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  • Stephanie Weiford

5 Tips to Help You “Stay in the Room” This Year



I took a lot of writing workshop classes in college, but the one thing I have always remembered from class is this concept: Stay in the room. I first heard this from a book we were studying in a nonfiction workshop. The book was Ron Carlson Writes a Story by Ron Carlson (link here). The premise is exactly what it sounds like. Ron Carlson walks his readers through his writing process, and the thing he always has trouble with, which is staying in the room, at his desk, and staying on task.



I immediately found this relatable. There are TONS of distractions for today’s writers. Instant access to social media and cat memes on your phone can make it hard to focus on sitting down and putting pen to page, or in most cases, fingers to the keyboard. There’s always a new show to watch on Netflix or Hulu, and the new Disney+ with its wonderful nostalgia constantly tugs on our focus. How can I possibly sit down to write when all my friends are talking about these great shows that I haven’t watched yet? The answer is simple.


Discipline. Gasp! But it’s true. You have to train yourself to make writing a habit. Don’t worry! I have five tips to help you stay in the room and meet your writing goals this year!


1. Create your own space

Even if it’s just a corner of your bedroom, create a designated work station for yourself. And have fun with it! Decorate it, make it organized, and make sure you have everything you’ll need (pens, paper, laptop/tablet, coffee) readily available and easily accessible. Treat this space like you would treat going to work. When you’re sitting at that desk, make sure to put on your professional hat. The only difference is that you can totally wear your comfy PJs.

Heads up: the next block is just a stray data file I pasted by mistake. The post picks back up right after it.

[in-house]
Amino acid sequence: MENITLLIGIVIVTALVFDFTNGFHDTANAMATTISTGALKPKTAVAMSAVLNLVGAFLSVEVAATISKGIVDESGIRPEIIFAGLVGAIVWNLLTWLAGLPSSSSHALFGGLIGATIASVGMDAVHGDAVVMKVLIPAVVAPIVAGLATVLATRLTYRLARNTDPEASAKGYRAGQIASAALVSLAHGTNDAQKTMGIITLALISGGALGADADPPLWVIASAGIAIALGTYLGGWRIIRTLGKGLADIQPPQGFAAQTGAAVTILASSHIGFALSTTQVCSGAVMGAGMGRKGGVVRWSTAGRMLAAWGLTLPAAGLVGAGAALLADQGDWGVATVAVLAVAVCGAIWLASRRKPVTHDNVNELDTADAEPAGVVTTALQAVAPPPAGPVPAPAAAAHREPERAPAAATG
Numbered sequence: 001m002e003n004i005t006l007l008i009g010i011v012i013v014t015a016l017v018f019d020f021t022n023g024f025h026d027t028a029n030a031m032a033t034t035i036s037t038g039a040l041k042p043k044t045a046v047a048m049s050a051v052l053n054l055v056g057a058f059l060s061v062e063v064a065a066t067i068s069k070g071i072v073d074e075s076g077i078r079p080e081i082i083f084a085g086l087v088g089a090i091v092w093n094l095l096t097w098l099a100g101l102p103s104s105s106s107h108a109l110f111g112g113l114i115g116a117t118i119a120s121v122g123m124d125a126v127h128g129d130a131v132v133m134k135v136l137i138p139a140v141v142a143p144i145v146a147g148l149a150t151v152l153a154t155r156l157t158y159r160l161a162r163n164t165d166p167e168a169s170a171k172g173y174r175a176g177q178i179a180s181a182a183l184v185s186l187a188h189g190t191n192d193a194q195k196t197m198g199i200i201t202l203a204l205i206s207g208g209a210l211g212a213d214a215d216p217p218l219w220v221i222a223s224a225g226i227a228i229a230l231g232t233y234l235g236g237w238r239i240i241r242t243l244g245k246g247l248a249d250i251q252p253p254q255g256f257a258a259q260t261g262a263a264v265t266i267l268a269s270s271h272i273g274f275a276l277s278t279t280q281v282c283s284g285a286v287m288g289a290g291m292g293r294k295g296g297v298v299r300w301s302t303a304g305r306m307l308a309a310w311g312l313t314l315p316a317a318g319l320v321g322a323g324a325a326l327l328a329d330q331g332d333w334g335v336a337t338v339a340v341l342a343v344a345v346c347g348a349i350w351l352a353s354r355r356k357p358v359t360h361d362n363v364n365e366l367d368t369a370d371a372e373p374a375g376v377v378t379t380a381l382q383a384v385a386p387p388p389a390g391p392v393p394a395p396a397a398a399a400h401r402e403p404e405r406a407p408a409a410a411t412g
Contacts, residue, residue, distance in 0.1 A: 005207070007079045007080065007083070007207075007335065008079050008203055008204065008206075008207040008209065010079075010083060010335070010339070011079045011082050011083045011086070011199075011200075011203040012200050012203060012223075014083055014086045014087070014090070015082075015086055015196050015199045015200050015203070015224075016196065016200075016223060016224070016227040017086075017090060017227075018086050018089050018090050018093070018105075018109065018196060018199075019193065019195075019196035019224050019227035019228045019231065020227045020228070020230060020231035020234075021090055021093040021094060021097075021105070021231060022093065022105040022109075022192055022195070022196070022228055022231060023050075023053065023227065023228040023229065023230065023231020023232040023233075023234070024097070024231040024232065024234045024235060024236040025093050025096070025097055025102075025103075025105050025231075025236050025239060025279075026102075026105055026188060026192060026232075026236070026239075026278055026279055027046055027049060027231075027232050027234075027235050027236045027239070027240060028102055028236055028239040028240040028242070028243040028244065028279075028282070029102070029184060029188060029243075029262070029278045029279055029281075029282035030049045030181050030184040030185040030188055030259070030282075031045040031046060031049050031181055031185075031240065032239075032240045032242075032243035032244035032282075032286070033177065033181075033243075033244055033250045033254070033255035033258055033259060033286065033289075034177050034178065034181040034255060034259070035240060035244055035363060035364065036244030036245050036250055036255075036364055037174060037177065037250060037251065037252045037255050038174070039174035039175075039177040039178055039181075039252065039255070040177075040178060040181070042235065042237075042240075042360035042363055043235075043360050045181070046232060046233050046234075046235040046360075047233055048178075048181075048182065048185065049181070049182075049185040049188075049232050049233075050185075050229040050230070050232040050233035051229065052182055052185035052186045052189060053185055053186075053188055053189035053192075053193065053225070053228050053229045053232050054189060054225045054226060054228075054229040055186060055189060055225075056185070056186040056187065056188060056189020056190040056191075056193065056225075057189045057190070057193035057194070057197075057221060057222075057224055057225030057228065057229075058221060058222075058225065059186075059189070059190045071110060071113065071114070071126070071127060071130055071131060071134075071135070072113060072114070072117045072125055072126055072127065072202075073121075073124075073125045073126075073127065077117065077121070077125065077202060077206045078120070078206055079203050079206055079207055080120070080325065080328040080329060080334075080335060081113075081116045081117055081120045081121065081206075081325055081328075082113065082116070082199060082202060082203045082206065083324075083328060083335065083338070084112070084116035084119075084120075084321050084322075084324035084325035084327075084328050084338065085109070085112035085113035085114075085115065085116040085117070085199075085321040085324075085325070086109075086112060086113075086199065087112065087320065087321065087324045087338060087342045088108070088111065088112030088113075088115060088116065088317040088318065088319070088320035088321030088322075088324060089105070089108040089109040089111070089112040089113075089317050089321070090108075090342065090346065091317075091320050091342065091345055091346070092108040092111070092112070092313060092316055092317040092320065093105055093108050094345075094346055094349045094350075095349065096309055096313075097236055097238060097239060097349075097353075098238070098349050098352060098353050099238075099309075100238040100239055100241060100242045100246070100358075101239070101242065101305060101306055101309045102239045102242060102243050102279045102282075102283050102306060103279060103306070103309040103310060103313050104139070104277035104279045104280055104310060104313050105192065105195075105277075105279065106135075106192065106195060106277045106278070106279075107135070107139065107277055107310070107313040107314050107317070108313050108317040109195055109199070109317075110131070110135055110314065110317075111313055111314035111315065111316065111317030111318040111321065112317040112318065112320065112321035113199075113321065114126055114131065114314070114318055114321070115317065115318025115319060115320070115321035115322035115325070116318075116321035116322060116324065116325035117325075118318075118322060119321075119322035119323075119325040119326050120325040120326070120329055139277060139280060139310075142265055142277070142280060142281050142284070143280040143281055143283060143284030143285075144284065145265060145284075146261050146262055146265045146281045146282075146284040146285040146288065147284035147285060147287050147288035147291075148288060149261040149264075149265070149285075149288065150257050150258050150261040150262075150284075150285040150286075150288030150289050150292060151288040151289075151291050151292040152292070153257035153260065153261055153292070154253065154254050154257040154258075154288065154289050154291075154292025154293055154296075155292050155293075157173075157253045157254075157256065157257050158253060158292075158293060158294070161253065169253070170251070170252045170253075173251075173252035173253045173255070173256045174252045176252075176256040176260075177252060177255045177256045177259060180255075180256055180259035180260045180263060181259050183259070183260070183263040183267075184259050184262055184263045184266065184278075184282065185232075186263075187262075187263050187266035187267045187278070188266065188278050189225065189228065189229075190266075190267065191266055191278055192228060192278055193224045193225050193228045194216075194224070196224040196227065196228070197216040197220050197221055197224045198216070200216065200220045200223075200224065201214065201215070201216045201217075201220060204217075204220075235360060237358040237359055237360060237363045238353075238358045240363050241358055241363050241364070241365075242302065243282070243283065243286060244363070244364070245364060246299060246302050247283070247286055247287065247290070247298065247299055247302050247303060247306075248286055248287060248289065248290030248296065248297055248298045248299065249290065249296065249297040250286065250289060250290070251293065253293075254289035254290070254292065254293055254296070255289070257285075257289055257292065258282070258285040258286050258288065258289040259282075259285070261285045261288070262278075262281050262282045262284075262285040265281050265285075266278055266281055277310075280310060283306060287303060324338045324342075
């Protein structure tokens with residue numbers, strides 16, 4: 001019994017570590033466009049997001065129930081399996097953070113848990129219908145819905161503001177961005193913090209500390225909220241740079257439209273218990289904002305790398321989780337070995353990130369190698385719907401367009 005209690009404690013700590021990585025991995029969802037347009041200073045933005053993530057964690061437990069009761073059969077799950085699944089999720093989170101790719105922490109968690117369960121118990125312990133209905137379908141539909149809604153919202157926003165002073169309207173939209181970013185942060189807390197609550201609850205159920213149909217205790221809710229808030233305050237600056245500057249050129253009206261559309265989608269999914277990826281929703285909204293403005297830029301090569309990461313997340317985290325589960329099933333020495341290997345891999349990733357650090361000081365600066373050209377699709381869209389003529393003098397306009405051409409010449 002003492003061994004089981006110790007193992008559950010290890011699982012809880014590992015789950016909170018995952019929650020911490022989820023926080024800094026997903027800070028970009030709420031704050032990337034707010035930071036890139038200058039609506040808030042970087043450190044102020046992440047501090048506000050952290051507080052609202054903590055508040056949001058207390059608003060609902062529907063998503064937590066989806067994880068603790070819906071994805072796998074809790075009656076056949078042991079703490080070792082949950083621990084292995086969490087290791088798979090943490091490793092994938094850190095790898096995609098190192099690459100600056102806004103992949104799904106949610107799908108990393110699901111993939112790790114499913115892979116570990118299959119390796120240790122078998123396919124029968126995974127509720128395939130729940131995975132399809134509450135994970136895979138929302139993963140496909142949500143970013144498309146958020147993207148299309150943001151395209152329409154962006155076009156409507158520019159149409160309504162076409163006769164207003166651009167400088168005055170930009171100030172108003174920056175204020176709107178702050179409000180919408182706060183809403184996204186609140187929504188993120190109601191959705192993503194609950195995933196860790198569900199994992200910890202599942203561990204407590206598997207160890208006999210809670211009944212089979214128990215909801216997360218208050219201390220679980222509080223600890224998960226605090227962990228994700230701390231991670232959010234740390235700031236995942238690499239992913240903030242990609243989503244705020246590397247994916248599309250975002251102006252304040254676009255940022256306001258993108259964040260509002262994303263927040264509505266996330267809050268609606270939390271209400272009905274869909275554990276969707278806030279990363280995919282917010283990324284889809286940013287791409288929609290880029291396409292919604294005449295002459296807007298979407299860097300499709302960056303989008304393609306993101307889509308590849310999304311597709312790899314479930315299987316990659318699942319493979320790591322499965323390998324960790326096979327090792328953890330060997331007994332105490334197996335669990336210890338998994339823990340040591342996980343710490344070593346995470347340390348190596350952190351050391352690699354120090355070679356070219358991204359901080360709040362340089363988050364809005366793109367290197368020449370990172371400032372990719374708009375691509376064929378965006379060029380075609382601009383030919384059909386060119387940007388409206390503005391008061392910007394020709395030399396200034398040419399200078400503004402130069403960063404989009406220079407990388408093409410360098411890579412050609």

2. Eliminate access to the internet

I know this is going to be a hard one, but if you’re writing on a word processor on your computer, tablet, or phone, TURN OFF YOUR WI-FI. The only reason you might need access to the internet is if you’re doing research, but the desire to switch tabs will be strong. I recommend unplugging your entire router and keeping it in a separate room. Do the same for your cell phone; turn it off or put it away while you’re working. If you feel like being drastic, you can follow Ron Carlson’s example and glue an ethernet cable into your computer and then cut the cord.


3. Forget your chores (at least for a little while)

I get it, my house is always a mess too, but the dishes and the laundry will still be there when you’re done writing. If the chores are high up on your priority list, get them done first. You don’t want to be sitting at your desk and remember you’ve left dishes in the sink and feel the need to drop what you’re doing to wash them. Remember, you need to stay in the room.


4. Set a timer

You want to sit down with a specific goal in mind, so set a timer for yourself. Start with an hour. I know it can be daunting to think about writing for an hour straight, but I think you’ll find that once you get into a state of flow an hour will pass quickly. Setting a timer will help steer you into making writing a habit.


5. Make a schedule, and KEEP IT

The time it takes to form a habit will vary from person to person, but everyone can agree on one thing: it takes time. If you’re serious about writing more, make a schedule. Set aside time on certain days when you know you’ll be free, and don’t let anything stop you from keeping your writing time. Your friends might want to go out to dinner, but if Saturday you write at 6pm, tell them you’ll be available at 7pm. You’ll thank yourself later for keeping to your schedule.


I hope that these five tips will help you in your writing endeavors this year! Just remember to stay in the room! You can do this!


With love,


Your Friend at the Henlo Press

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